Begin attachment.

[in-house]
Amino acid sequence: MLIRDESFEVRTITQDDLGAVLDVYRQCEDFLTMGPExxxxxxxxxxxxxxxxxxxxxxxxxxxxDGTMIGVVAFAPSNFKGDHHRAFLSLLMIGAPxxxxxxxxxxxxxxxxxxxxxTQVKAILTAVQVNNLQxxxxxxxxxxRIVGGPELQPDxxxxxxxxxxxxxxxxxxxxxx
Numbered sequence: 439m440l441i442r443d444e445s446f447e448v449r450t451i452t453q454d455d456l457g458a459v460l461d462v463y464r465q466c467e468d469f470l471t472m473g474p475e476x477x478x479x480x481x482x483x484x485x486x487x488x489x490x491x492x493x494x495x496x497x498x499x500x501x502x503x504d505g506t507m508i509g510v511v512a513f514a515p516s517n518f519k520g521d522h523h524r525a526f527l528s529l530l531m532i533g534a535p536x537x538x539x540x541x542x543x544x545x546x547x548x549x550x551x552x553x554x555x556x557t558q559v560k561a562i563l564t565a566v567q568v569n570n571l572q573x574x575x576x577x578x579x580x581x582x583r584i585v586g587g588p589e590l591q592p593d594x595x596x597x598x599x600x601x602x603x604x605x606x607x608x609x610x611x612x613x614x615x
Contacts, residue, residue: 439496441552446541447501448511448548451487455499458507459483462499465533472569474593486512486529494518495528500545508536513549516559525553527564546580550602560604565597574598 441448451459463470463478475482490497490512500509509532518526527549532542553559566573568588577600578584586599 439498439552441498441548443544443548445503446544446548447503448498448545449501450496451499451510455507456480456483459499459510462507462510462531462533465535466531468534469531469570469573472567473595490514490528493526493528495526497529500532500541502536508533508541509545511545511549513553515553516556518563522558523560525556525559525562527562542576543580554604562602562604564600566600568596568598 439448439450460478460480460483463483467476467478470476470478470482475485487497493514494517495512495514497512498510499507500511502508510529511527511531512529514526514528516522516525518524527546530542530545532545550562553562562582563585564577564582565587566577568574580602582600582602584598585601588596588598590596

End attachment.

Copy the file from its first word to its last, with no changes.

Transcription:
[in-house]
Amino acid sequence: MLIRDESFEVRTITQDDLGAVLDVYRQCEDFLTMGPExxxxxxxxxxxxxxxxxxxxxxxxxxxxDGTMIGVVAFAPSNFKGDHHRAFLSLLMIGAPxxxxxxxxxxxxxxxxxxxxxTQVKAILTAVQVNNLQxxxxxxxxxxRIVGGPELQPDxxxxxxxxxxxxxxxxxxxxxx
Numbered sequence: 439m440l441i442r443d444e445s446f447e448v449r450t451i452t453q454d455d456l457g458a459v460l461d462v463y464r465q466c467e468d469f470l471t472m473g474p475e476x477x478x479x480x481x482x483x484x485x486x487x488x489x490x491x492x493x494x495x496x497x498x499x500x501x502x503x504d505g506t507m508i509g510v511v512a513f514a515p516s517n518f519k520g521d522h523h524r525a526f527l528s529l530l531m532i533g534a535p536x537x538x539x540x541x542x543x544x545x546x547x548x549x550x551x552x553x554x555x556x557t558q559v560k561a562i563l564t565a566v567q568v569n570n571l572q573x574x575x576x577x578x579x580x581x582x583r584i585v586g587g588p589e590l591q592p593d594x595x596x597x598x599x600x601x602x603x604x605x606x607x608x609x610x611x612x613x614x615x
Contacts, residue, residue: 439496441552446541447501448511448548451487455499458507459483462499465533472569474593486512486529494518495528500545508536513549516559525553527564546580550602560604565597574598 441448451459463470463478475482490497490512500509509532518526527549532542553559566573568588577600578584586599 439498439552441498441548443544443548445503446544446548447503448498448545449501450496451499451510455507456480456483459499459510462507462510462531462533465535466531468534469531469570469573472567473595490514490528493526493528495526497529500532500541502536508533508541509545511545511549513553515553516556518563522558523560525556525559525562527562542576543580554604562602562604564600566600568596568598 439448439450460478460480460483463483467476467478470476470478470482475485487497493514494517495512495514497512498510499507500511502508510529511527511531512529514526514528516522516525518524527546530542530545532545550562553562562582563585564577564582565587566577568574580602582600582602584598585601588596588598590596